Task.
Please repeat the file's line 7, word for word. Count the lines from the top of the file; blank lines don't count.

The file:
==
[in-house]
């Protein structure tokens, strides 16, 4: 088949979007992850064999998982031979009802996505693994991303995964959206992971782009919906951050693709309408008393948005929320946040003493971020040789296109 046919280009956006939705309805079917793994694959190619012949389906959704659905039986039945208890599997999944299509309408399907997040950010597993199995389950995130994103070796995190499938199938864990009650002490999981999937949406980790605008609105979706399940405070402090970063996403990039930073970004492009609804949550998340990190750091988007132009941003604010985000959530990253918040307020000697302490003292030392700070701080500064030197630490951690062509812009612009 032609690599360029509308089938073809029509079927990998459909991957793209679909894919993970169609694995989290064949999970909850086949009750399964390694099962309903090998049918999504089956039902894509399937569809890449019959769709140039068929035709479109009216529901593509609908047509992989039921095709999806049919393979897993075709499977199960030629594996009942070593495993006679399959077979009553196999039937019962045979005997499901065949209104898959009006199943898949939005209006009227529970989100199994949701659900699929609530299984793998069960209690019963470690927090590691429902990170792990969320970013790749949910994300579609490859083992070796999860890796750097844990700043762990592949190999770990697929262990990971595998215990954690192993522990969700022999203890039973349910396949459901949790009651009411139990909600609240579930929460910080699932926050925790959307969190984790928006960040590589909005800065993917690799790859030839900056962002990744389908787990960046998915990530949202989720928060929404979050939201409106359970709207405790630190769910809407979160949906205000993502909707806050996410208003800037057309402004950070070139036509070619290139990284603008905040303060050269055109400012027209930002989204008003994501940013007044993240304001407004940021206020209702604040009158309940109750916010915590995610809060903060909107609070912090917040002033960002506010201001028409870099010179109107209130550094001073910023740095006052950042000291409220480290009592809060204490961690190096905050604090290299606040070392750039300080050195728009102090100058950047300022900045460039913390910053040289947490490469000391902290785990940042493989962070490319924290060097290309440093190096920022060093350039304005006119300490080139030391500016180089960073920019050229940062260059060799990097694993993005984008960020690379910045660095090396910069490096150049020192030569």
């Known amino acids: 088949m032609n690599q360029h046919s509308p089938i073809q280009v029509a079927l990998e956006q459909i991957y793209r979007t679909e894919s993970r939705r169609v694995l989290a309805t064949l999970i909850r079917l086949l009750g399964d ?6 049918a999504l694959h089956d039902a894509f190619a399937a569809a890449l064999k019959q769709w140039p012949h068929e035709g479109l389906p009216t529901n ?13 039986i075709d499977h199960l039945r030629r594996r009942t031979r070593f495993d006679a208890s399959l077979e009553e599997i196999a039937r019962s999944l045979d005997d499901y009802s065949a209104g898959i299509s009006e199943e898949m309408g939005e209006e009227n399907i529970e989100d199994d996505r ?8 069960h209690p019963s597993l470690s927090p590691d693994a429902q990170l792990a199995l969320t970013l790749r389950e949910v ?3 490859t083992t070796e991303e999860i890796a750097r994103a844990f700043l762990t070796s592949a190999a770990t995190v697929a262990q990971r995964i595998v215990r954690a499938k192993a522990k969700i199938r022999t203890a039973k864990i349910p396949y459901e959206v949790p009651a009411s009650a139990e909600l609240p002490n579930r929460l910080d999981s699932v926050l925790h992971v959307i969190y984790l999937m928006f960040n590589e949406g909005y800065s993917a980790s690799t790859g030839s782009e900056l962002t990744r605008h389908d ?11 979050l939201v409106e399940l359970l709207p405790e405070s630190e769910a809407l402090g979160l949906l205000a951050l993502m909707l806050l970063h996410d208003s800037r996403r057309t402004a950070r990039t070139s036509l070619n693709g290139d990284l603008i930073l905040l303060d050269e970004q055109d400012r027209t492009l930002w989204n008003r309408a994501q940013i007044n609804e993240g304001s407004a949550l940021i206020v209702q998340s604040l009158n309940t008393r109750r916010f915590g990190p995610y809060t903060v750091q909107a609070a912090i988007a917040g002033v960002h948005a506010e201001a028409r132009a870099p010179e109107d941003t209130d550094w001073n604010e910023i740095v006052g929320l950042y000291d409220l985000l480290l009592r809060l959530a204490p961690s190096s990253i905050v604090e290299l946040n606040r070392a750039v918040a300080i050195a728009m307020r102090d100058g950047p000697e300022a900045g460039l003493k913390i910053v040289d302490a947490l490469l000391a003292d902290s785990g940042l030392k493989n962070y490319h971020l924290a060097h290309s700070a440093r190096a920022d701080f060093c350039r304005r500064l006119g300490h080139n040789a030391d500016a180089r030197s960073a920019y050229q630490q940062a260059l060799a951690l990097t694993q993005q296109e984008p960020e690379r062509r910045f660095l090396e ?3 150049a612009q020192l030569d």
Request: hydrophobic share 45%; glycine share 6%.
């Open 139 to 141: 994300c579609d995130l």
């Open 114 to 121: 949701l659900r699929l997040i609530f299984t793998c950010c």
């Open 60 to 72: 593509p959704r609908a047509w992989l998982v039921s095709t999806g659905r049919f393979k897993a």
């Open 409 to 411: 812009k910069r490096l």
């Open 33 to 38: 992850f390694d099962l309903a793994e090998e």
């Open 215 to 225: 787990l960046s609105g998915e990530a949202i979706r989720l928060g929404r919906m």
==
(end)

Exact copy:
């Open 60 to 72: 593509p959704r609908a047509w992989l998982v039921s095709t999806g659905r049919f393979k897993a």